Even Barack Obama ultimately acknowledged "the fertile imagination of the internet," as his fan's cranked out homegrown music videos from a mysterious swamp of unseen creativity.
But as 2007 escapes into a haze of champagne, these videos offer a helpful warning to any future YouTube stars. When you make yourself look ridiculous — it's only the beginning.
1. Ottoman-Humping Gigolos
"Pipelayer" and his boyz — Relentless, X2C, Pressure, and Satisfaktion — show the ladies their technique. But it took internet joker Neuracnu to add Benny Hill's Yakkity Sax.
"Despite the video's description and my big-pasty-white-guy user icon," Neuracnu told us today, "I still get private messages like:
me @my sister and give it to us. we are 18
Eventually even Jon Stewart got involved, noting the Department of Defense had banned all YouTube videos and MySpace pages from being viewed by soldiers. "If there's one thing we don't want our fighting boys exposed to, it's guys their age with enough time on their hands to film themselves doing this.
"Ottoman-humping gigolos! You're ruining troop morale!
2. Two Girls, One Frog
Some videos become famous for being awful, like the notorious "Two Girls, One Cup." Its somber music and surprise scat-eating scene spawned its own viral video meme — footage of horrified reactions from people watching it.
Everyone got into the act, including Opie and Anthony, and even a web site called BestReactions.com. Over two dozen clips appeared on YouTube — someone's mom, four grandmothers, and even two people who appeared to be police officers.
Even after it found its way to Kermit the Frog, that wasn't the end. One follow-up video showed Kermit himself couldn't resist foisting its horrific surprises on his other muppet friends.
3. Snakes on a Chocolate Rain
Tay Zonday's deep voice and pretentious keyboards inspired imaginative re-mixes of his song "Chocolate Rain."
Tay was glad it received attention from John Mayer and Green Day's Tre Cool. But its hard message became hilarious when the singer was replaced by a ventriloquist dummy, Darth Vader, or McGruff the Crime Dog (who, like Tay, also "moves away from the mic to breathe in.")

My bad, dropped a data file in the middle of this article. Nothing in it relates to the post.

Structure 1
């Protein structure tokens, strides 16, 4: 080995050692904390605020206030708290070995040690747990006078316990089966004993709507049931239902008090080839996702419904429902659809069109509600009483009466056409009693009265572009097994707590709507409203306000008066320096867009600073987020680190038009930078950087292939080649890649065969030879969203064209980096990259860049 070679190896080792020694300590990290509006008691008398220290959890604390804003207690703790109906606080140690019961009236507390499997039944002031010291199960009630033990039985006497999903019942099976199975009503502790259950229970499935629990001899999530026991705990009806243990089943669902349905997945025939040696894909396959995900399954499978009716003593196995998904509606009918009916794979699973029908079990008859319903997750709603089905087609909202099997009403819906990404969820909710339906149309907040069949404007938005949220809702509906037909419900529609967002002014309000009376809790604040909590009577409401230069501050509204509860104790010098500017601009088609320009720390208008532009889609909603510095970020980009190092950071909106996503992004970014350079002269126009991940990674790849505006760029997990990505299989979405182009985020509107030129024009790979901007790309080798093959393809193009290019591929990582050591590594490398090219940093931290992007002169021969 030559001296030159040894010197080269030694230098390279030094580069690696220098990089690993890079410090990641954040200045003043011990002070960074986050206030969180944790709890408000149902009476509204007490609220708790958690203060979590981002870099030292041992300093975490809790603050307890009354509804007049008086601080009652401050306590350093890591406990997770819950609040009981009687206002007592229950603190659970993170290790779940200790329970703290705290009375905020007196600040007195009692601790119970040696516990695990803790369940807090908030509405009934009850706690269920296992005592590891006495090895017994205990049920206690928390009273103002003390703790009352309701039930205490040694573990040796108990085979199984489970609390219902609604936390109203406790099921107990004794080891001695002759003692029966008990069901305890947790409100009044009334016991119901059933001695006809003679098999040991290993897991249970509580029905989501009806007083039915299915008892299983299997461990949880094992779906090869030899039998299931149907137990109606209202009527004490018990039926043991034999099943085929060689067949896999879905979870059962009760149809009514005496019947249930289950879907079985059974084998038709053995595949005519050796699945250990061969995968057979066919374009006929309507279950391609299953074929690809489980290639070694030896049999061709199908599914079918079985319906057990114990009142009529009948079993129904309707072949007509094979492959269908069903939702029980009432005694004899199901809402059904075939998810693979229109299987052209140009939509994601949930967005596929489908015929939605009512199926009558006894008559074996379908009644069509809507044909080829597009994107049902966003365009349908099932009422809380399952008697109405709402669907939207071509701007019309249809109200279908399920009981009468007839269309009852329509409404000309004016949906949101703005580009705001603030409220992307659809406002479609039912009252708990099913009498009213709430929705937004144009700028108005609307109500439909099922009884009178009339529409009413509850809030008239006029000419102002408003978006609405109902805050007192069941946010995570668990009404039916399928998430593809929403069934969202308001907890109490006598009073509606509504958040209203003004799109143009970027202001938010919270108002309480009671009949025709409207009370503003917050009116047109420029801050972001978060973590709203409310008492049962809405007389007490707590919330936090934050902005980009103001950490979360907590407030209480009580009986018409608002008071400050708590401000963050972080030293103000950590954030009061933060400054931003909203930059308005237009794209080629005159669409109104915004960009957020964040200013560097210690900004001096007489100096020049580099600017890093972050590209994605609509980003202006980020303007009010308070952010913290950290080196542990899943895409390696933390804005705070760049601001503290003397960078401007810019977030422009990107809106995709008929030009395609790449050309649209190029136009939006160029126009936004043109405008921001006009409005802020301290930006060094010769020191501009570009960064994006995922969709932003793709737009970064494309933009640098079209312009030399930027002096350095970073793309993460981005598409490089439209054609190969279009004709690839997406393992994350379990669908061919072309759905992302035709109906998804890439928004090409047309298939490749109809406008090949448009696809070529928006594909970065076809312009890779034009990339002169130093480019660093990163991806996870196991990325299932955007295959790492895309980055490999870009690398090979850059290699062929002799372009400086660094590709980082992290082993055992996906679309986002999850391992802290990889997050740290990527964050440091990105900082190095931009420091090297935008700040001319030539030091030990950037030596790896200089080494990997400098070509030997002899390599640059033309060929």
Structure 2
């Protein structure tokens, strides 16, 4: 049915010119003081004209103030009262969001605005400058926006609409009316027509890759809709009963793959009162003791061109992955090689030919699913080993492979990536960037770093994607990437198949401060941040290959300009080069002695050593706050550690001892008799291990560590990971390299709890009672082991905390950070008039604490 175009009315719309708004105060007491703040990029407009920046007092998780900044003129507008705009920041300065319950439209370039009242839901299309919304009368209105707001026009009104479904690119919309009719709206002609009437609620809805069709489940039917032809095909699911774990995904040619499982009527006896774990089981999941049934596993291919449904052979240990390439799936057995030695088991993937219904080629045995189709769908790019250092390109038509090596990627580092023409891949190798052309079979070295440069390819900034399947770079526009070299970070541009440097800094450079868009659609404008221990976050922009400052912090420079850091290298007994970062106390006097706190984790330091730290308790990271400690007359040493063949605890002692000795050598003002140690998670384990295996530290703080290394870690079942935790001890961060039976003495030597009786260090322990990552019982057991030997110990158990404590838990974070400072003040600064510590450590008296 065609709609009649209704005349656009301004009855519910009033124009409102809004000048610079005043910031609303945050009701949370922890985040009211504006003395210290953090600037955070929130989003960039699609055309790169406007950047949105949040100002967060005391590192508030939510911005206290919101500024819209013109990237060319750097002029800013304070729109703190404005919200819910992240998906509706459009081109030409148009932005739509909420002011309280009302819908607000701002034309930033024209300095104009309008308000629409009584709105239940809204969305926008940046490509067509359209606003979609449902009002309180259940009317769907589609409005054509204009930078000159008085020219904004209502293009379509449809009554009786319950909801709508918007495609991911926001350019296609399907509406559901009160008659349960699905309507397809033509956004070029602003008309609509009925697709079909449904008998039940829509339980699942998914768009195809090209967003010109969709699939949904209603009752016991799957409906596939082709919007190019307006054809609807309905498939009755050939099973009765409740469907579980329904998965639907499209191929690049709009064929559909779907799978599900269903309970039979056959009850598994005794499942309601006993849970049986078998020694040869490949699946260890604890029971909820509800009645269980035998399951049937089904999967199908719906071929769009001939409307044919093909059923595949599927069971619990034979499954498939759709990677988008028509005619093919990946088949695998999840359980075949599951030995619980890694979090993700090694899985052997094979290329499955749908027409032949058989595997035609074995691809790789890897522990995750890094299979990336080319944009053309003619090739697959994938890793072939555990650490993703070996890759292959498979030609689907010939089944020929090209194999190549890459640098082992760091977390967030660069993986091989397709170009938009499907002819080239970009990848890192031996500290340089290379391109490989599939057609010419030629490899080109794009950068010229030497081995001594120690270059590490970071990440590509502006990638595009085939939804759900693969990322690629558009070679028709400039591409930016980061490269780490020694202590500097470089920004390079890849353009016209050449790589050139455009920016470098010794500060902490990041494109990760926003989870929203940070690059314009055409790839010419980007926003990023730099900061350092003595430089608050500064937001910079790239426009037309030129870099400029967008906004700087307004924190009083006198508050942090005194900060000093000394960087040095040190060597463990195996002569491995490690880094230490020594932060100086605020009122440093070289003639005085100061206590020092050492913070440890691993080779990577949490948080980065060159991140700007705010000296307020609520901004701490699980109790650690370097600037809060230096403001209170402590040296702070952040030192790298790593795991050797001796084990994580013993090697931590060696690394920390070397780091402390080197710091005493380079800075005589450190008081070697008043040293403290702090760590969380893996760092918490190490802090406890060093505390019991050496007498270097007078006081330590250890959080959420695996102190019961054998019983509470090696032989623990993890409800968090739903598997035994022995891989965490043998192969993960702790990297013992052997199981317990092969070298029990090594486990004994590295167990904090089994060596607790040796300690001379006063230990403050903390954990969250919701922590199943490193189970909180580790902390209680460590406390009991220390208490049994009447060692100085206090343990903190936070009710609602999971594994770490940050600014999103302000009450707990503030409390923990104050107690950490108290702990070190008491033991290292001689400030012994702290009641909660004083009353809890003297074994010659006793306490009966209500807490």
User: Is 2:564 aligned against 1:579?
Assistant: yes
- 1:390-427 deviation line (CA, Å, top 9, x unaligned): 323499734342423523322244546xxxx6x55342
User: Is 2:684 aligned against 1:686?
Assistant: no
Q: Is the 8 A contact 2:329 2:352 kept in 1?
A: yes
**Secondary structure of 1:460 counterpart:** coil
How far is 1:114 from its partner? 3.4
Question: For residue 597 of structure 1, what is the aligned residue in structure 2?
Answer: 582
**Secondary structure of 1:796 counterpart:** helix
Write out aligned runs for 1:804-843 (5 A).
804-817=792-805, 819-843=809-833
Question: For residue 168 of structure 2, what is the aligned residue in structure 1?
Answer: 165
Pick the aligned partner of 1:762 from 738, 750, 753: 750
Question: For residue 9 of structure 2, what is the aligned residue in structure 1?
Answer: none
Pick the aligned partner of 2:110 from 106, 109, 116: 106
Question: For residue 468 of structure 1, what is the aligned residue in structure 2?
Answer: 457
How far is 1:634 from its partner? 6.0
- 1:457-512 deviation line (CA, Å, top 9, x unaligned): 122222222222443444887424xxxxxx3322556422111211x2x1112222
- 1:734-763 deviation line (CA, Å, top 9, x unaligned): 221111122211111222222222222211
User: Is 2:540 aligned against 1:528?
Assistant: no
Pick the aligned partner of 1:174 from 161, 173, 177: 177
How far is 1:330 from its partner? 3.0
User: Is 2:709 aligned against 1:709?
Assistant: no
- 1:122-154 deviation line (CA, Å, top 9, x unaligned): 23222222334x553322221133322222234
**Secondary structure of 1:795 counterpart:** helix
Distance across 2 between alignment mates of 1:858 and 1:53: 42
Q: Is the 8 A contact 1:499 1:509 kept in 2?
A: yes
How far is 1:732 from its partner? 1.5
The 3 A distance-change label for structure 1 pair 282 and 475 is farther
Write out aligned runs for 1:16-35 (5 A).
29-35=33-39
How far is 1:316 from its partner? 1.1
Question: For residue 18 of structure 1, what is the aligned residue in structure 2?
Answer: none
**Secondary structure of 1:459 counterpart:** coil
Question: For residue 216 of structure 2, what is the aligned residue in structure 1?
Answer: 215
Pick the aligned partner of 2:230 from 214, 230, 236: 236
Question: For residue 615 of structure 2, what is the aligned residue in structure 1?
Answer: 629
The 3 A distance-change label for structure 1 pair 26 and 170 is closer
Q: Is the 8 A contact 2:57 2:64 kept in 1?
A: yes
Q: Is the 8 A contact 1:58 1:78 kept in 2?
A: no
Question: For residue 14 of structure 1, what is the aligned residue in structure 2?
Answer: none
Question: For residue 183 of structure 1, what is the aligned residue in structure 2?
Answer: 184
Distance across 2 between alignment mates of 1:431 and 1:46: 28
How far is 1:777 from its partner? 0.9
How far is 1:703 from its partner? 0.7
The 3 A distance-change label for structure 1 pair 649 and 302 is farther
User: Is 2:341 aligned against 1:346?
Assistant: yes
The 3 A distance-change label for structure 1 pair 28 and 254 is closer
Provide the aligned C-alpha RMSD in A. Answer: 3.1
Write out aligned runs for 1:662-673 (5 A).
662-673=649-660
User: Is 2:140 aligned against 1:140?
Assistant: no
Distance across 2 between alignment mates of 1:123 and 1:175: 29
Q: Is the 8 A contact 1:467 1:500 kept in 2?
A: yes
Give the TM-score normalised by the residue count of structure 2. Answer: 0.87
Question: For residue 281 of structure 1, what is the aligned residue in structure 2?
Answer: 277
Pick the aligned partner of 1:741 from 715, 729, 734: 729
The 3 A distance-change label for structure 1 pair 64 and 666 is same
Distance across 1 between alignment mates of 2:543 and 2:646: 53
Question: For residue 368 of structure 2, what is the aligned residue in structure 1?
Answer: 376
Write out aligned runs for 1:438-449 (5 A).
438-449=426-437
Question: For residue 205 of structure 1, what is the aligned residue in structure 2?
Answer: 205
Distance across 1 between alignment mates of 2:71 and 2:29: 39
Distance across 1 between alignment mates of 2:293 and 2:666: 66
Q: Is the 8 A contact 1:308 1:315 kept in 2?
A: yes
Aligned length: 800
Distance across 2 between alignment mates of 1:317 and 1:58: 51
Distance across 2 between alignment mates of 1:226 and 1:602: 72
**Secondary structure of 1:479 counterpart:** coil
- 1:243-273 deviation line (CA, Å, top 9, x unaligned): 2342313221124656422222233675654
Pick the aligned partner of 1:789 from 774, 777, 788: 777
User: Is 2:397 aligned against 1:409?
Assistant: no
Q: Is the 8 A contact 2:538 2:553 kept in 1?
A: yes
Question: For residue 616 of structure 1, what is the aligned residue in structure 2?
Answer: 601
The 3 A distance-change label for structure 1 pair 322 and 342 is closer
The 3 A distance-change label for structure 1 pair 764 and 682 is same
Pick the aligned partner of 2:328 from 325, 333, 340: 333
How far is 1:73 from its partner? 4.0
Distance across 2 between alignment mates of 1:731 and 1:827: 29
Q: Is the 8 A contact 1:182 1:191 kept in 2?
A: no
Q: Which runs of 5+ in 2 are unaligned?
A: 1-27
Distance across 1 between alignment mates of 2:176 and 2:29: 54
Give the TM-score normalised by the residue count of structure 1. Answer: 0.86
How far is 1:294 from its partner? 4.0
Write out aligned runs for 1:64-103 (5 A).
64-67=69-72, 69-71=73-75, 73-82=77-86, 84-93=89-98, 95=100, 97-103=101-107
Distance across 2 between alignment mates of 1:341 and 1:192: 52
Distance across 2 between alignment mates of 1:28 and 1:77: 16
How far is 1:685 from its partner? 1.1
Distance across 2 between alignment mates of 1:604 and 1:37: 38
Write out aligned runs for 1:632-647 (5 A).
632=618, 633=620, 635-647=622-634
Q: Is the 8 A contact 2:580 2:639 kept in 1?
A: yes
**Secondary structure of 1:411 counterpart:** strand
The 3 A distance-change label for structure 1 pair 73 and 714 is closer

In November Tay teamed with rapper Mista Johnson and Dr. Pepper for a new video, randomly titled Cherry Chocolate Rain. "This is the web, and it's gonna murder your TV," Tay warns, though he'd just stumbled inadvertently into the next "Snakes on a Plane" — another internet meme that proved impossible to commercialize.
4. Fox News 11 Meet Anonymous
Fox News 11 imagined a "gang" of computer "hackers" who attack "like an internet hate machine" in a sensationalistic story that echoed through countless video parodies. A local L.A. newscaster borrowed half-understood words (like "Epic Lulz") and after one victim used the word "terrorist" in a sentence, even helpfully spliced in a picture of an exploding van.
It took YouTube user "Fluffbrain" to create an appropriately irreverent video celebrating the clip's safety-conscious housewife, who not only bought a security system, but also...a dog. (Then the video segues to cameo appearances by LOL Cats.)
The crimes of "Anonymous" were, at worst, hoax threats, along with minor annoyances like guessing MySpace passwords, crank phone calls, disrupting the children's game Habbo Hotel, and shouting out the end of the new Harry Potter book. (Ironically, when Fox 11 ran a poll on their web site asking visitors if they'd ever been a victim of computer crime, a whopping 97% said "no.")
Eventually Encyclopedia Dramatica unveiled their own equally unsubstantiated act of journalism, arguing that Anonymous "is in fact, a single twelve year-old boy named Tom who has over 9000 fake AIM accounts and single-handedly makes every single post on the 4chan website. No one knows why..." And the parody videos kept coming.
Fox finally received an authoritative rebuttal from "Lord Quadros," another YouTube user who abandoned Fox's melodramatic music altogether, and simply replaced it with footage from the video game Arsenal Gear.
5. "Don't Tase Me, AOL"
The year ended with marketers hungrily eying the success of viral videos, while Hollywood's writers went on strike for a slice of future web revenues. And then AOL News decided to exploit it all.
They rolled parody versions of famous video stars into their own viral web commercial. The world's unluckiest shopkeeper confronts Florida's tased university student, Miss South Carolina, and that emo vlogger who cried "LEAVE BRITNEY ALONE!!!"
If you actually visit AOL News, you'll find the real end-of-the-year headlines are a lot less entertaining. (For example, "Pakistan's Bhutto Assassinated at Rally.")
But maybe that's why people turned to the web.
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